The US Food and Drug Administration just approved a labeling change to Tysabri (natalizumab), which states that people who test positive for JC virus antibodies are at higher risk of progressive multifocal leukoencephalopathy (PML) if they take Tysabri.
I should start by mentioning that the scientific community has been studying the predictive ability of JC antibodies to indicate that people with a positive test are at an increased risk for PML, however, the test only recently became commercially available. There is now a new lab test from Quest Diagnostics, called STRATIFY JCV.
What does this mean and why is it relevant? Well, this means that doctors and people with MS can now make more informed decisions about Tysabri than before.
JC virus is the infectious agent that causes PML, a potentially fatal brain disease. However, many people in the world have been infected with the JC virus. The virus does not appear to cause any disease in people unless conditions are "just right." In a small percentage of people who take Tysabri (and a few other medications), conditions will be just right for the JC virus to proliferate and cause PML, as certain immune cells that usually keep this virus in check can become depleted.
Since PML cannot develop unless a person has been infected with the JC virus, one approach to preventing PML in people who are taking or considering Tysabri is to test for JC virus antibodies in their blood. In one study, an antibody test successfully identified JC virus antibodies in 100% of samples of people with Tysabri-related PML.
The challenge here is that many, many more people have been infected with the JC virus in their lives than will ever develop PML, even among those who take Tysabri. In fact, one study conducted in Sweden showed that 61% of people with MS tested positive for antibodies to the JC virus – a huge percentage, considering that less than .002% of people on Tysabri ever develop PML. The test is pretty effective if the idea is to prevent all cases of PML by refusing to give them Tysabri, but that approach does exclude many people who would be eligible for Tysabri (and may never develop PML).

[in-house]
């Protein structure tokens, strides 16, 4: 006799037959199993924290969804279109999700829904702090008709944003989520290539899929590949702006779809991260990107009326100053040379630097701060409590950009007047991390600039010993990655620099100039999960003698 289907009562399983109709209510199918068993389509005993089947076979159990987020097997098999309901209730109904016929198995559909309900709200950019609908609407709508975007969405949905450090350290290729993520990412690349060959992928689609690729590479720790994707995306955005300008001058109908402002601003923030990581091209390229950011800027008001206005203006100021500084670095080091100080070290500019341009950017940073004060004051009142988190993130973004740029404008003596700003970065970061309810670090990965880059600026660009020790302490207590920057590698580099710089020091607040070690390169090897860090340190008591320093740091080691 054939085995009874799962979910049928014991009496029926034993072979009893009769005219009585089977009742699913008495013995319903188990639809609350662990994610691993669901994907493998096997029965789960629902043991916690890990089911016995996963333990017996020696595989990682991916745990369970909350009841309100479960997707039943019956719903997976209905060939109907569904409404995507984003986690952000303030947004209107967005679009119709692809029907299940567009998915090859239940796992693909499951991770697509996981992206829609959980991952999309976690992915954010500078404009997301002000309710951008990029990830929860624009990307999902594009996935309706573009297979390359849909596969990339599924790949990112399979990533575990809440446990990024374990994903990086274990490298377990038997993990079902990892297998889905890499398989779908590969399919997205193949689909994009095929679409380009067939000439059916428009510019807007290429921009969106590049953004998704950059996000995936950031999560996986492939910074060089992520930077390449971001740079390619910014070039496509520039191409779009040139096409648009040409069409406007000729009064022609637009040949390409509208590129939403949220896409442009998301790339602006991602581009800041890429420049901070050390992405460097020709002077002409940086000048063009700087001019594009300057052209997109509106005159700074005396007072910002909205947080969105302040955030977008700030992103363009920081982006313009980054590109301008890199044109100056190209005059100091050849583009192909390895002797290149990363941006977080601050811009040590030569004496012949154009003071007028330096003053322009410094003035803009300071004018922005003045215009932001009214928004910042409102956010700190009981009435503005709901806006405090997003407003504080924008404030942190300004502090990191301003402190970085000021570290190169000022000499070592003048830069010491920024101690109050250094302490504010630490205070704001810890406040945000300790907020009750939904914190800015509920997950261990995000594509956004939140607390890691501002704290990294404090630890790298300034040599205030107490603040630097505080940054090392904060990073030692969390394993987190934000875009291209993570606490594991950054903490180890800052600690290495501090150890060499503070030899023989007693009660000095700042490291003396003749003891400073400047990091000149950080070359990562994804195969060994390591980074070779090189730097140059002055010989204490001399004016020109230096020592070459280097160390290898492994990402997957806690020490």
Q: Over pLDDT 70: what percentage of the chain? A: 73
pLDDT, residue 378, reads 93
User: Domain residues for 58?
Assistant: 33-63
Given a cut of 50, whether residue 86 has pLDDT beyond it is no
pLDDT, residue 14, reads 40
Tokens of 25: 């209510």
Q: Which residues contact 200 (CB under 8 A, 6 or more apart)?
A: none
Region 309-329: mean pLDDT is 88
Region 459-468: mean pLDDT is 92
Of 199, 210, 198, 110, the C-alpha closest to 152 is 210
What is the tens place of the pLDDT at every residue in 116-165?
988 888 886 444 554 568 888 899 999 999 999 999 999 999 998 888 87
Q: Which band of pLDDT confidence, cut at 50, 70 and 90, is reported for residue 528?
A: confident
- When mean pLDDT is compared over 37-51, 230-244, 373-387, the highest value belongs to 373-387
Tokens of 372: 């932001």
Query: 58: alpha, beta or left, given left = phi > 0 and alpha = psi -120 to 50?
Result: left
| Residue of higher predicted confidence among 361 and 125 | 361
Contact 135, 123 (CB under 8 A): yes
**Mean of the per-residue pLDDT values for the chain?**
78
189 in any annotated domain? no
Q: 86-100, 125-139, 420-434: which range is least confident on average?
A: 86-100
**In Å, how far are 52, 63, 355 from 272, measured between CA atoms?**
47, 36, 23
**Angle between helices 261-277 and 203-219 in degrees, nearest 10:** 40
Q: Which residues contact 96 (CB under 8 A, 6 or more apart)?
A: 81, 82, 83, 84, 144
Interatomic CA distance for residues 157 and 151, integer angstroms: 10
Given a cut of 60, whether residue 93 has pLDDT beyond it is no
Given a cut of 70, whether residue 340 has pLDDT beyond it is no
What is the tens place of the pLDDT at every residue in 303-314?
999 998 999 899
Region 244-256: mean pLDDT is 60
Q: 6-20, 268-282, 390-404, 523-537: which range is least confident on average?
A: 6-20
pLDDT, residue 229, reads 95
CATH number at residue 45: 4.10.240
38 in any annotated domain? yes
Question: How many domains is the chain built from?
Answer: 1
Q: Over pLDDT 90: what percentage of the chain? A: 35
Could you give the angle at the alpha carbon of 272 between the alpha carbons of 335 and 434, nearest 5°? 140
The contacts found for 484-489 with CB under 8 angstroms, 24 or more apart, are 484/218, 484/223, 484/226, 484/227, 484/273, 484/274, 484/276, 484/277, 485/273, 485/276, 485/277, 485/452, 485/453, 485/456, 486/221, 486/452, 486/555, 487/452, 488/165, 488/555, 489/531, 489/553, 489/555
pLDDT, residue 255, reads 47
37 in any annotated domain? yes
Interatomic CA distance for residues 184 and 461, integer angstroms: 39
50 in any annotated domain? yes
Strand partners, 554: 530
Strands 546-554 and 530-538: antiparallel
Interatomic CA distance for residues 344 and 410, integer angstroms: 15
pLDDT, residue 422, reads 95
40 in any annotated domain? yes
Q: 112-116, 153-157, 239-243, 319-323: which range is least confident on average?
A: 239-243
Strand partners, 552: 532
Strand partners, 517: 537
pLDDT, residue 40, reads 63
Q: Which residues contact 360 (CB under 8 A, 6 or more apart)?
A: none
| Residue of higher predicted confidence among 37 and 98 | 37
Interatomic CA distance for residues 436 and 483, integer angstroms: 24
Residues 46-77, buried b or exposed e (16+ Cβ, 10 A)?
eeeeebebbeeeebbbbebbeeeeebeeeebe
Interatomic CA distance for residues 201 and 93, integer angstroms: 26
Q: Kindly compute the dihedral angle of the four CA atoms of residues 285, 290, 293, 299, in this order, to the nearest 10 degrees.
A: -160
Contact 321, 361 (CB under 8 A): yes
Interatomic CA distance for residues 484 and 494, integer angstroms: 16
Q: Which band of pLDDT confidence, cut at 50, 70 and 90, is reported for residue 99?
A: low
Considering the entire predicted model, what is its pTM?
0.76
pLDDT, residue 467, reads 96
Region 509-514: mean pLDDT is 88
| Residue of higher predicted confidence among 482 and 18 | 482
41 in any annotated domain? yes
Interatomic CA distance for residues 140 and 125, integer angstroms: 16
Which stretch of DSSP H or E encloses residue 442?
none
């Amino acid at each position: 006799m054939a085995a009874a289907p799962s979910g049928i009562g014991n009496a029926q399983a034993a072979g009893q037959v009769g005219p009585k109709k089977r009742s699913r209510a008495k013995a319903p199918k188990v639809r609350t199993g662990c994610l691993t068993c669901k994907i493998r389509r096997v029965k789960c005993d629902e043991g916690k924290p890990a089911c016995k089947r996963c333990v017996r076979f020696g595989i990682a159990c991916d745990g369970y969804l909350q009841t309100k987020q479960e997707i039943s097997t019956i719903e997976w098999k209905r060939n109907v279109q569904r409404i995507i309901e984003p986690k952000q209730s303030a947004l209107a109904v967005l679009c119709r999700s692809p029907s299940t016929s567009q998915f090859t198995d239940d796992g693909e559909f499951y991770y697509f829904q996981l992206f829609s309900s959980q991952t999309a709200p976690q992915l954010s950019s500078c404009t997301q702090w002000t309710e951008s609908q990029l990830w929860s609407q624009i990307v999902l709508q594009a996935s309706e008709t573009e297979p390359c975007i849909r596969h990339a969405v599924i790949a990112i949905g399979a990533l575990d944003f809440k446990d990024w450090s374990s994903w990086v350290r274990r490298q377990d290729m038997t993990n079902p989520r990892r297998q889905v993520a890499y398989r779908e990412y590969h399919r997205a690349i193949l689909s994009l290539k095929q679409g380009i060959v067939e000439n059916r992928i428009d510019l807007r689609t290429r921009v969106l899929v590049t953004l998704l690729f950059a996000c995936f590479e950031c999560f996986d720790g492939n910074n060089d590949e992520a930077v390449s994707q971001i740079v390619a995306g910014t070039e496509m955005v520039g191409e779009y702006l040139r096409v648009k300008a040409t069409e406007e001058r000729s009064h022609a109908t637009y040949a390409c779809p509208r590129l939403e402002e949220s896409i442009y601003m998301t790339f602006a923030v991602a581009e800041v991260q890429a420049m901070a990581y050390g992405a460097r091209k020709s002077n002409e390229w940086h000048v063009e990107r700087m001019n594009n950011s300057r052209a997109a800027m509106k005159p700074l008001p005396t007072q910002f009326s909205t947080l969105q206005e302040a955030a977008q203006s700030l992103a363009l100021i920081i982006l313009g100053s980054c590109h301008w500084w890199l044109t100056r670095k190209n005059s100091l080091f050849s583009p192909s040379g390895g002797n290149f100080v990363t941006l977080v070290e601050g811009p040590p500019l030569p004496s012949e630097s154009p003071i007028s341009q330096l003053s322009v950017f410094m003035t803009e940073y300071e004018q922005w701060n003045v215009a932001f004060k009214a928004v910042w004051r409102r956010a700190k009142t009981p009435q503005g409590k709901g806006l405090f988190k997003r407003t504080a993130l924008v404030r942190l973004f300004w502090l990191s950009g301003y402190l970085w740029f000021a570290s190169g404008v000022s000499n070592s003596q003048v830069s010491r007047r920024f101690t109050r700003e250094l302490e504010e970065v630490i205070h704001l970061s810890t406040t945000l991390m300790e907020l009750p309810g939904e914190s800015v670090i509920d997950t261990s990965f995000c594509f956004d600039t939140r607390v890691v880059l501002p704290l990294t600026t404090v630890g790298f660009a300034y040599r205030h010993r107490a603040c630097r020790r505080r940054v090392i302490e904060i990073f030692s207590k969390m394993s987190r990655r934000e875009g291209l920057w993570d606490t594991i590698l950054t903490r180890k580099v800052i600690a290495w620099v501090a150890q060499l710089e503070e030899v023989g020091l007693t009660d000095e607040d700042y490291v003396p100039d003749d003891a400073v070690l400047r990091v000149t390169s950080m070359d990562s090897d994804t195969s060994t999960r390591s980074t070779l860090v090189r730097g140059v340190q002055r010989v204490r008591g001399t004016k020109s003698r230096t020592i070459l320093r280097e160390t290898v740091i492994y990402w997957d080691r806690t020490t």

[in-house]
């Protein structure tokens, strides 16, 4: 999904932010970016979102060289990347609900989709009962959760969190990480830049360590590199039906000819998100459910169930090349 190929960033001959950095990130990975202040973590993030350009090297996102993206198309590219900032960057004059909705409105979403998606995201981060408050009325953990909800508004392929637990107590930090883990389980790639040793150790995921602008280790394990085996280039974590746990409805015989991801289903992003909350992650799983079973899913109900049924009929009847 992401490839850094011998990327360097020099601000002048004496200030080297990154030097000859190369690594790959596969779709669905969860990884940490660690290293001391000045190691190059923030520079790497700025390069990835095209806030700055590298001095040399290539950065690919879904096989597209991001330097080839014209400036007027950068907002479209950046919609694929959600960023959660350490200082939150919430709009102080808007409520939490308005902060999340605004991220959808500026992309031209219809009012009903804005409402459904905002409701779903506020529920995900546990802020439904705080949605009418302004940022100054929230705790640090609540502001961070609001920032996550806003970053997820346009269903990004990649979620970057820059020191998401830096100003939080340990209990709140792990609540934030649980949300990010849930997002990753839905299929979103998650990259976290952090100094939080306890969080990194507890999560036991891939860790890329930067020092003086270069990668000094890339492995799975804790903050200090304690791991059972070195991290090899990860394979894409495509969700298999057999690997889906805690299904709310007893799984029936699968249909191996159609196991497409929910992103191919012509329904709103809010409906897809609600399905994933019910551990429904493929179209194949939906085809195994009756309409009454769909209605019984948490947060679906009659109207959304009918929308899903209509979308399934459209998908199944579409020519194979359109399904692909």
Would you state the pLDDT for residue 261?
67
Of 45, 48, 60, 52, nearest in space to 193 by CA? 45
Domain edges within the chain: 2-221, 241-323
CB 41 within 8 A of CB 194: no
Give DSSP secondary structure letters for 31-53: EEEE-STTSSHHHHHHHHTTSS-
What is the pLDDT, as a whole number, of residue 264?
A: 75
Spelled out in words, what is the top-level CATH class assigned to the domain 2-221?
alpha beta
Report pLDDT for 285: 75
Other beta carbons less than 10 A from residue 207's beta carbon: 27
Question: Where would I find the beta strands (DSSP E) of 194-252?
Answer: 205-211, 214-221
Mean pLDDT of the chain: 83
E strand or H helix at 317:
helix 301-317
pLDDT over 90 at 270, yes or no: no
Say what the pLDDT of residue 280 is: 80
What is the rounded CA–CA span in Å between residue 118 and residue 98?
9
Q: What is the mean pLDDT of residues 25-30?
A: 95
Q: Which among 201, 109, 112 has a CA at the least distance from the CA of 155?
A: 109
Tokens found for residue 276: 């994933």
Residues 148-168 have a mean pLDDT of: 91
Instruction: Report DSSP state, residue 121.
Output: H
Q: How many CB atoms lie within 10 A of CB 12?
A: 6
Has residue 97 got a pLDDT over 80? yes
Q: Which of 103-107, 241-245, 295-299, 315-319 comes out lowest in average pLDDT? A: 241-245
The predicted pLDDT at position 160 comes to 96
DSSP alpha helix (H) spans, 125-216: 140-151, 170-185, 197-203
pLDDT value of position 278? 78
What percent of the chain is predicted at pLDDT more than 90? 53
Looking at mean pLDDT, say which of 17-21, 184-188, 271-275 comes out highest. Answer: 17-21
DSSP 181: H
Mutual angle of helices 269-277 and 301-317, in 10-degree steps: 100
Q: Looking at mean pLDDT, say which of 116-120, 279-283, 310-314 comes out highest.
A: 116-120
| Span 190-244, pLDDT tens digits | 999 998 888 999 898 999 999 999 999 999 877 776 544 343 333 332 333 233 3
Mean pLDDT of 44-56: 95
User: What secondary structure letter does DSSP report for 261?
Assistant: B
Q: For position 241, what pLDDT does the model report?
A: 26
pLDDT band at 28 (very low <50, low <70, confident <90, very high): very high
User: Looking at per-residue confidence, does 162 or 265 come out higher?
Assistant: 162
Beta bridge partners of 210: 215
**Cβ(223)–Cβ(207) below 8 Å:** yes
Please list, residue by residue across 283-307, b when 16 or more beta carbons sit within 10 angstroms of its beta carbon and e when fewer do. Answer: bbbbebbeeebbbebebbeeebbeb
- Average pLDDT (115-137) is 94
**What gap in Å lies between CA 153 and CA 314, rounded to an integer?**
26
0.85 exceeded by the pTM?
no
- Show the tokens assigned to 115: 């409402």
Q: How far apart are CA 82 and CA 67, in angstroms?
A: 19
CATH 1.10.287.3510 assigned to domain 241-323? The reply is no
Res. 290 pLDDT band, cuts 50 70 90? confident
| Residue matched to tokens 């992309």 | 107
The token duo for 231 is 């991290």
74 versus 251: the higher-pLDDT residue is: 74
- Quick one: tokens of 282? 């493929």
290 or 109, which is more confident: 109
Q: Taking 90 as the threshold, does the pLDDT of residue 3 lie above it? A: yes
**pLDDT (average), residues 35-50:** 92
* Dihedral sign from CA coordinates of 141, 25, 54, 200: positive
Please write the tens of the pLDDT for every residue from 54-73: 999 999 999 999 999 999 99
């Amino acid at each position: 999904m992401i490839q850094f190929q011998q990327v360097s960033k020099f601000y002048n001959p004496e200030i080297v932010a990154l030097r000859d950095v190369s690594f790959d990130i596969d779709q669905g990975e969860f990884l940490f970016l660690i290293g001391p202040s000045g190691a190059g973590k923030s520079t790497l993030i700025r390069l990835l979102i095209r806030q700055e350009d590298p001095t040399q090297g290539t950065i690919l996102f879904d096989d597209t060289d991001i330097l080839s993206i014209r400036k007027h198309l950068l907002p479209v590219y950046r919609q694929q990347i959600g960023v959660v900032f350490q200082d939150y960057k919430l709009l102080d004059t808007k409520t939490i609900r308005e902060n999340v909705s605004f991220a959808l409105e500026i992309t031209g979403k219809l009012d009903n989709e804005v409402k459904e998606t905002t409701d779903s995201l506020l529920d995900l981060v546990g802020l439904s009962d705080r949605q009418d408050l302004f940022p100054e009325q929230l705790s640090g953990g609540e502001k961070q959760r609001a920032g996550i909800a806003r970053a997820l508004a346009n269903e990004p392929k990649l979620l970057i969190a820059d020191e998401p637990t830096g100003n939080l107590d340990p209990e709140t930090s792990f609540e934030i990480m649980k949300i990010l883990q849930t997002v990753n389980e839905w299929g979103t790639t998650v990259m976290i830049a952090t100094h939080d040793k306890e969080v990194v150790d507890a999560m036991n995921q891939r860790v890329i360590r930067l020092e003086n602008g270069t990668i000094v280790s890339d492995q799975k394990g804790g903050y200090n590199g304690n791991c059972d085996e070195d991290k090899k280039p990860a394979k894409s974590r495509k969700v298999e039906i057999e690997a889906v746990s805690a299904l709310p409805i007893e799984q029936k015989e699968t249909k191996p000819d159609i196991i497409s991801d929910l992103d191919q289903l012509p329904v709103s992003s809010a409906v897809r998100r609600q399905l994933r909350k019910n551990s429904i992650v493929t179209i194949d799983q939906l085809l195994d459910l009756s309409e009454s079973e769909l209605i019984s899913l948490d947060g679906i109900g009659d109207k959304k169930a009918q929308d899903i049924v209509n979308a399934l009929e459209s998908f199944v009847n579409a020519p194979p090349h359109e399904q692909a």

Also, a negative test for JC virus antibodies does not mean that the person is at NO risk of PML, as they can become infected with JC virus in the future or have a “false positive” test that incorrectly suggests they have not been infected.
Let's take a look at risk levels for PML, based on the JC antibody test and other risk factors:
The risk of people who test positive for JC virus antibodies (with no other risk factors) is less than 1/1000.
If a person tests positive for JC virus antibodies AND has taken Tysabri for more than 2 years AND has previously taken an immune-suppressing drug (such as mitoxantrone, azathioprine, methotrexate, cyclophosphamide, mycophenolate mofetil), their risk of PML is 11/1000. Before anyone panics, however, keep in mind that even with all of these risk factors, this represents a 1.1% chance of developing PML – or about one in one hundred. People who meet all of these criteria and are taking Tysabri should not assume that they will develop PML, but should carefully consider this information about elevated risk.
My goal here is to help people make rational decisions about treatment, not to sell Tysabri and not to discourage anyone from taking it. The STRATIFY JCV test will give people more information to enter into their personal treatment equation. Some people with a positive test will decide that the benefits of Tysabri warrant the risk of PML. Other people, even with a negative test, will still decide that Tysabri is not the drug for them, as a risk for PML will still exist. It is a very personal decision, based on many factors.
People with MS and their doctors should take a positive JC virus antibody test as just one piece in the whole equation, especially if other therapy options have been explored and failed. A careful risk-benefit analysis with their doctor will help people figure out whether or not Tysabri is right for them.